There have been calls, led by the distinguished human rights barrister Adam Wagner, for the prosecution of George Galloway for “racial incitement”.
The evidence so far in the public domain consists of a video of Mr Galloway, the Member of Parliament for Bradford West, apparently addressing a public meeting. It would appear that the speech may have been delivered at a political meeting called by Mr Galloway’s party “Respect”. His words, which are delivered by him standing in front of a Palestinian flag, are very clear:
“We have declared Bradford an Israel-free zone. We don’t want any Israeli goods. We don’t want any Israeli services. We don’t want any Israeli academics coming to the university or college. We don’t even want any Israeli tourists to come to Bradford even if any of them had thought of doing so. We reject this illegal, barbarous, savage state that calls itself Israel. And you have to do the same.” Continue reading
The law of self-defence is easy enough to state. It is much harder to apply in practice.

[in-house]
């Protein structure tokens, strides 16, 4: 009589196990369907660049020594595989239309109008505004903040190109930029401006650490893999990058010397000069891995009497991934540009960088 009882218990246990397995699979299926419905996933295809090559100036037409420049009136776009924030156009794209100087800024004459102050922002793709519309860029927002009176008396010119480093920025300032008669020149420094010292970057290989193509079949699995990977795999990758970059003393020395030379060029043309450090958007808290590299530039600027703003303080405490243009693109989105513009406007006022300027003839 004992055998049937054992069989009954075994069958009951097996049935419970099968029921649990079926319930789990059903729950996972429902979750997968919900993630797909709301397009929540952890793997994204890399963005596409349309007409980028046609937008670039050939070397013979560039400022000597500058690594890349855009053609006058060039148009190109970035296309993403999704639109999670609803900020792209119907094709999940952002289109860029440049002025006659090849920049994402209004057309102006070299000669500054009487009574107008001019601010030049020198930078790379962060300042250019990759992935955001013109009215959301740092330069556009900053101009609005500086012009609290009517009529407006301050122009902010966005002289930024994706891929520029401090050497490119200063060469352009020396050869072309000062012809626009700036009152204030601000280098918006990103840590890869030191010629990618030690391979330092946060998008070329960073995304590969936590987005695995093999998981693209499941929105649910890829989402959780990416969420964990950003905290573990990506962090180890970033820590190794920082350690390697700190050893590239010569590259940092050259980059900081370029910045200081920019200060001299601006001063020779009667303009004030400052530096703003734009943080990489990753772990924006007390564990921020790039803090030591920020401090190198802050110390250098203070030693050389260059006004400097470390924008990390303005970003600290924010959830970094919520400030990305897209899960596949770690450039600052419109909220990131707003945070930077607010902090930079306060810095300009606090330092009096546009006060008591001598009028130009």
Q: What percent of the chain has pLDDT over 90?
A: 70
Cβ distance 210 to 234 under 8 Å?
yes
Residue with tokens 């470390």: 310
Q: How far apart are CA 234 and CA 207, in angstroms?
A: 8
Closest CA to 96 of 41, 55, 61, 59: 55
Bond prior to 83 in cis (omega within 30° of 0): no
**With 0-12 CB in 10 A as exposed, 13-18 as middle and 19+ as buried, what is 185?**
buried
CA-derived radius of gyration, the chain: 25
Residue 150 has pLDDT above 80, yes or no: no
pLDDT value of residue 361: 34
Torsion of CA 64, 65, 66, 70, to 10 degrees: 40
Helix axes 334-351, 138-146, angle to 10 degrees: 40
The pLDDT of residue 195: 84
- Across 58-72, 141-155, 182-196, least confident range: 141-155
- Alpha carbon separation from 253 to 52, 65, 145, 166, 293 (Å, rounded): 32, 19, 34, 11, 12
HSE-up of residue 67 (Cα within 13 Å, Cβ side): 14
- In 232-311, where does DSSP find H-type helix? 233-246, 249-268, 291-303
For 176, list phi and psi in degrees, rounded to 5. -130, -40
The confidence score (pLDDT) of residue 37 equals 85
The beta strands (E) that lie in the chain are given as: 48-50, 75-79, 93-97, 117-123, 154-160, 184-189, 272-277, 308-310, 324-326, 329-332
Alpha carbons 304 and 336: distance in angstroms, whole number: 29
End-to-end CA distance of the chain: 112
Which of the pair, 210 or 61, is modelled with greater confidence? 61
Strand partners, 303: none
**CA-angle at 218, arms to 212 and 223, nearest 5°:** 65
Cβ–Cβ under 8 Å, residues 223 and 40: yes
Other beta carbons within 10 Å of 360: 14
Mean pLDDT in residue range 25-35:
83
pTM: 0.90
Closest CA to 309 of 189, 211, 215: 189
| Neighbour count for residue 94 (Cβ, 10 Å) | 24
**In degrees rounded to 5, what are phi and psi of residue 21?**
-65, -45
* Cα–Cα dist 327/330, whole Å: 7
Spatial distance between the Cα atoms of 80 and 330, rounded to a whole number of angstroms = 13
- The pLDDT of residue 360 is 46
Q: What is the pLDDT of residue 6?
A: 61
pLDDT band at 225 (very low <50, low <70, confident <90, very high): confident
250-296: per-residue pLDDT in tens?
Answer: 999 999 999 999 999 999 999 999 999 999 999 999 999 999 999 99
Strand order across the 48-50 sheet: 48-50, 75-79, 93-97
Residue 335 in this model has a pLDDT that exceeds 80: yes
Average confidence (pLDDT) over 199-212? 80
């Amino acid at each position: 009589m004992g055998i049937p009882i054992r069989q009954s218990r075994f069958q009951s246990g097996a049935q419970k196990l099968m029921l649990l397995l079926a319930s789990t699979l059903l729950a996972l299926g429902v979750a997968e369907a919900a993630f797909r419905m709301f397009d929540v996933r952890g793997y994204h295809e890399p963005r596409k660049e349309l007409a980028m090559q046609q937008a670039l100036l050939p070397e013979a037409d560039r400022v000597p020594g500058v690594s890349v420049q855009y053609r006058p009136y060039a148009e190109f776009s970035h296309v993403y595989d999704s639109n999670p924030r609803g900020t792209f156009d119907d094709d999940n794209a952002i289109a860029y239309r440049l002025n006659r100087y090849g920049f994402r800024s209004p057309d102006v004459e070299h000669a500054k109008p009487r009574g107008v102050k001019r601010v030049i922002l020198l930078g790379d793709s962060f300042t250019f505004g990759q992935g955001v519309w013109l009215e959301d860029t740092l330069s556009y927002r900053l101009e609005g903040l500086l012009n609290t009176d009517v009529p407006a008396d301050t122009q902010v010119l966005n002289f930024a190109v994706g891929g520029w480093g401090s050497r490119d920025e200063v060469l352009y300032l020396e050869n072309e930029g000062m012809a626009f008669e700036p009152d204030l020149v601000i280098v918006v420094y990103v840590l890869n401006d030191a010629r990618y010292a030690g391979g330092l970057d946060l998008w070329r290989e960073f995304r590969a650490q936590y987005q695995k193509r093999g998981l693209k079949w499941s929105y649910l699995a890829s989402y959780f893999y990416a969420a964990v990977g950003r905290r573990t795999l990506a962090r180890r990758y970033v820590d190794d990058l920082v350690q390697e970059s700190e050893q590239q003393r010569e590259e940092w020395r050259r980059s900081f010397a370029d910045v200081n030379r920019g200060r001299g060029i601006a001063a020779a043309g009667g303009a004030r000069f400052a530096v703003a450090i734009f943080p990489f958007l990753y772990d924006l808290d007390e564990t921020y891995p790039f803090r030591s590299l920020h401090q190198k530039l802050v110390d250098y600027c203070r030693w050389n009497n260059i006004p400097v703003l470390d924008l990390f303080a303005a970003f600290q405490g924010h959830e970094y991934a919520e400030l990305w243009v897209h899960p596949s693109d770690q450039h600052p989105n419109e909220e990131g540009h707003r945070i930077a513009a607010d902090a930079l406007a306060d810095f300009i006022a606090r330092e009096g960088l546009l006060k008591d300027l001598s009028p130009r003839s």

In a typical criminal case an argument breaks out in a pub. A punch is thrown. The situation escalates and a drinker smashes his glass into someone’s face causing deep cuts. He claims that he did so in the heat of the moment because he thought he was about to be stabbed.
Was his action lawful?
It is impossible to give a purely legal answer. It all depends on what the jury make of his explanation. If the jurors are sure that he’s lying when he says “I thought I was about to be stabbed,” and that in fact he just wanted to join in the fight, he will be convicted.
On the other hand if they accept that he may have thought he was about to be stabbed they will probably acquit him. A glassing is a terrible thing, but if the alternative is a potentially fatal knife in the ribs then it is the lesser of two evils. It would, though terrible, be a proportionate response to an imminent and terrifying threat. Continue reading
Those attending His Honour Judge Kelson’s court in Durham on Monday 14th April had an unexpected treat: a blazing row between a judge and a barrister. The confrontation ended with the Judge fining the barrister £500 for contempt of court. The barrister appealed to the Court of Appeal. He was successful in that the Court of Appeal ruled that the judge had failed to follow the correct procedure and quashed the fine. But his success came at the cost of a public condemnation of his behaviour, coupled with what the barrister might have found faintly unctuous praise for the judge. Continue reading
The role of Attorney-General is an important one.
Constitutionally the Attorney-General is the Monarch’s lawyer.